USGS Logo Geological Survey Professional Paper 1547
Sedimentology, Behavior, and Hazards of Debris Flows at Mount Rainier Washington


Detectable volcanic activity may precede the largest cohesive and noncohesive lahars, but this is not a premise on which the planning process can rely. As demonstrated by the flow record over the last thousand years (a period including lahars that exemplify each of the planning cases), no flows correspond to the single known episode of major activity during that time (tables 1 through 4). A correlation with precursor events is suggested by the concentration of large flows, such as the Osceola Mudflow and Paradise Lahar, during the mid-Holocene when many tephra-producing events occurred. This association, noted by Crandell (1971) and Mullineaux (1974, p. 17), does not relate the flows directly to volcanism but is evidence of a linkage that may lack better definition only because of the confidence limits on radiocarbon dating.

The potential nonvolcanic causes of both the cohesive and noncohesive debris flows and of the relatively small debris avalanches at Mount Rainier include (1) regional, nonmagmatic seismicity; (2) edifice effects; and (3) several phreatic effects of the active hydrothermal system, including rapid ice or snow melting, steam eruptions, failure in response to increased pore pressure, and lubrication of potential slip surfaces such as those of previous deep-seated failures again buried by edifice construction. The first two effects are discussed further here.

Mount Rainier is the site of occasional small earthquakes, the largest two of which may have been due to a strike-slip fault on the south side of the volcano (Crosson and Frank, 1975; Crosson and Lin, 1975). Nevertheless, the general areal distribution of historical earthquakes, such as a cluster of seven earthquakes in 1987 with magnitudes of 0.8 to 2.1 at depths less than 5 km shows a clear association with the volcano (University of Washington Geophysics Program, written commun., 1988). These earthquakes may be the result of edifice effects. Like many subduction-related stratovolcanoes, Mount Rainier is noteworthy for the large mass of layered material at high altitude, leading to gravitational stresses such as those described as edifice effects in a study of Hawaiian volcanoes (Fiske and Jackson, 1972). Some microearthquake activity at Rainier was ascribed to these crustal-loading effects (Unger and Decker, 1970), a view later modified (Unger and Mills, 1972). Some low-frequency tremors recorded at Longmire may result from glacier or debris flow movement in the Tahoma Creek, Kautz Creek, or upper Nisqually River drainages.

The Rainier area is subject to large regional earthquakes (Gower, 1978). If the Cascadia subduction zone offshore is storing the elastic energy characteristic of other subduction zones, several great earthquakes are necessary to fill the seismic gap represented by the zone (Heaton and Hartzell, 1987). The deep, plate-boundary earthquakes of 1949 (M 7.1) and 1965 (M 6.5), both with epicenters on the east side of Puget Sound, caused local incidences of rockfalls, slope failures, and flood-plain liquefaction throughout much of western Washington (Schuster and Chleborad, 1989). As many as five great earthquakes have occurred in the last 3,100 years, the latest about 300 years ago, as suggested by the stratigraphy of buried wetlands in southwest Washington (Atwater, 1988). Major slope failures can occur, however, in response to minor seismic accelerations at times of high susceptibility; for example, the largest historic landslide in Canada was probably triggered by a small (M 3.1) seismic event (Evans, 1989).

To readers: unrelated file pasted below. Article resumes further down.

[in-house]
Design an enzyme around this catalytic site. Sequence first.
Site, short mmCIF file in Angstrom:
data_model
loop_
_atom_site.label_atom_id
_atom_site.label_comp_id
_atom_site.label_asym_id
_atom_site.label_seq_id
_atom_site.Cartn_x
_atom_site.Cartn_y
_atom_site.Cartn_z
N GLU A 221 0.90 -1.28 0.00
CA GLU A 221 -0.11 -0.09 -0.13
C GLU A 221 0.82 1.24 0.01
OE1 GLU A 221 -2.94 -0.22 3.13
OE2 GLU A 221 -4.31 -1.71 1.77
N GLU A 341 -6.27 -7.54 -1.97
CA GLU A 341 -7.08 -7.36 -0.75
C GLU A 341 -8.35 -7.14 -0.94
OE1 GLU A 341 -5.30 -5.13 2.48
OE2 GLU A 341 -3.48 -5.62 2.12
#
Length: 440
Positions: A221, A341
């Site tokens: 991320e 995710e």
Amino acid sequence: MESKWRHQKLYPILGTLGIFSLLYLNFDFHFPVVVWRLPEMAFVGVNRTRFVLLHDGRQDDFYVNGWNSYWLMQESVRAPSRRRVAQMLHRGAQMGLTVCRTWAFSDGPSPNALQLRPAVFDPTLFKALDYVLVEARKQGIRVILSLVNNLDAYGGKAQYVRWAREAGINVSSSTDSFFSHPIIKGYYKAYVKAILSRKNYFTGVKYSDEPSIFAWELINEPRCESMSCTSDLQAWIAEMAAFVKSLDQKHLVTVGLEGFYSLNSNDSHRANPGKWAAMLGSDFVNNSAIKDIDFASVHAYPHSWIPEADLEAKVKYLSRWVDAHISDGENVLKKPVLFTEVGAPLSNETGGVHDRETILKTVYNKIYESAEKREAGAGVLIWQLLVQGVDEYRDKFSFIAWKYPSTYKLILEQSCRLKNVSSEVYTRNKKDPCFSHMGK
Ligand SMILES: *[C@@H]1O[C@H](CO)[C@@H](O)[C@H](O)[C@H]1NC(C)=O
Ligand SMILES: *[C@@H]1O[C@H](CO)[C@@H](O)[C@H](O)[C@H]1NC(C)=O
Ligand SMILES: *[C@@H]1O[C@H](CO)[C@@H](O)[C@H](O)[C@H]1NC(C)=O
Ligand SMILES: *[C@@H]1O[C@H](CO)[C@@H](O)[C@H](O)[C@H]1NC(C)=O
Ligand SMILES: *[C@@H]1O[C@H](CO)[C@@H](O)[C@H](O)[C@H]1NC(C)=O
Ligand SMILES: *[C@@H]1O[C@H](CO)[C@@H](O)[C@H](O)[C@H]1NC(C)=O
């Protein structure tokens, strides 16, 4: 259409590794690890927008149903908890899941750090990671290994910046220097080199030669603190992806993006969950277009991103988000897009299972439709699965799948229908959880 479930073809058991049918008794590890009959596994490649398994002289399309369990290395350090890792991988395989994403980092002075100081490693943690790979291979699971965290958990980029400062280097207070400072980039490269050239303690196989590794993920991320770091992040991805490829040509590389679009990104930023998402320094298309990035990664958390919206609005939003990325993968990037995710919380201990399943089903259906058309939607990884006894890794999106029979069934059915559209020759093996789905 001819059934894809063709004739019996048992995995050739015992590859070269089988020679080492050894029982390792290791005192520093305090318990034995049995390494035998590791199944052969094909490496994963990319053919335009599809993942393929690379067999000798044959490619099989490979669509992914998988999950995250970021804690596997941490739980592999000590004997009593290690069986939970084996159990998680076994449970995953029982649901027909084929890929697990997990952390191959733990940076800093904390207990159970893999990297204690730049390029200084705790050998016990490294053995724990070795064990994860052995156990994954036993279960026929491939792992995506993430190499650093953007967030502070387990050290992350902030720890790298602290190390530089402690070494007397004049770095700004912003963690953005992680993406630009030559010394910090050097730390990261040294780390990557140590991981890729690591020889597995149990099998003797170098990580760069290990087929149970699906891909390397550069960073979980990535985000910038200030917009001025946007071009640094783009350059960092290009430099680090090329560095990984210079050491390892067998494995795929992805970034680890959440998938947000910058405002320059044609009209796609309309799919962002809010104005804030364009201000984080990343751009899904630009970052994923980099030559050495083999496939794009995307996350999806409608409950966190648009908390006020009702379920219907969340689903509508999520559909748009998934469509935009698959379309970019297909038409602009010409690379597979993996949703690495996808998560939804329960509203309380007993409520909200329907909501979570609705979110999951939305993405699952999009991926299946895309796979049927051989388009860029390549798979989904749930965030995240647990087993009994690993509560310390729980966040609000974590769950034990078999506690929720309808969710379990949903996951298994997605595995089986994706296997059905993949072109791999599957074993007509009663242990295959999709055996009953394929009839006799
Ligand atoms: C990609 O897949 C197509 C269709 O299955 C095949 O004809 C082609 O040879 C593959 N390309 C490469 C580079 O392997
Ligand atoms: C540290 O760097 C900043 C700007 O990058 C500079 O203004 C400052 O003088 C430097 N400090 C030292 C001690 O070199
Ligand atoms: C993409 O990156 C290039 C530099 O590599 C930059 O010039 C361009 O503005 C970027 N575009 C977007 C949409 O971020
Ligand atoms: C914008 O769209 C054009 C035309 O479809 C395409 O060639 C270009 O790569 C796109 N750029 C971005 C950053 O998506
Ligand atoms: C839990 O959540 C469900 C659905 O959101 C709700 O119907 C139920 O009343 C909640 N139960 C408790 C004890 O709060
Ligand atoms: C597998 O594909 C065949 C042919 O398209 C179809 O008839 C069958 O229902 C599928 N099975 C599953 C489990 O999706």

Many similar volcanoes have experienced collapses yielding large debris avalanches; Mount Rainier is apparently unusual because the large collapses have transformed directly to lahars, but more detailed study may show this also has occurred at some other volcanoes. Major sectors of the mountain are composed of steep, outward-dipping lava flows (frontispiece) between which hydrothermal water has infused and altered material to clay-rich zones that are potential slip surfaces (fig. 22). Where exposed at the surface, these zones range from 0.2 to several meters in thickness. At depth, hydrothermal alteration is doubtless more intense.

Consequently, volcaniclastic flows beginning as large debris avalanches from Mount Rainier may have little correlation with the warning signs of an eruption. Only one of the modes of collapse described by Francis and Self (1987) requires precursory activity. Moreover, Siebert (1984) found a uniform relation between the height of origin and the runout distance of debris avalanches, regardless of whether the initial slope failure was induced by an explosion or merely by gravity, indicating that the energy from an explosive initiation does not increase the runout distance and thus does not increase the hazard.

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Last Updated: 01-Mar-2005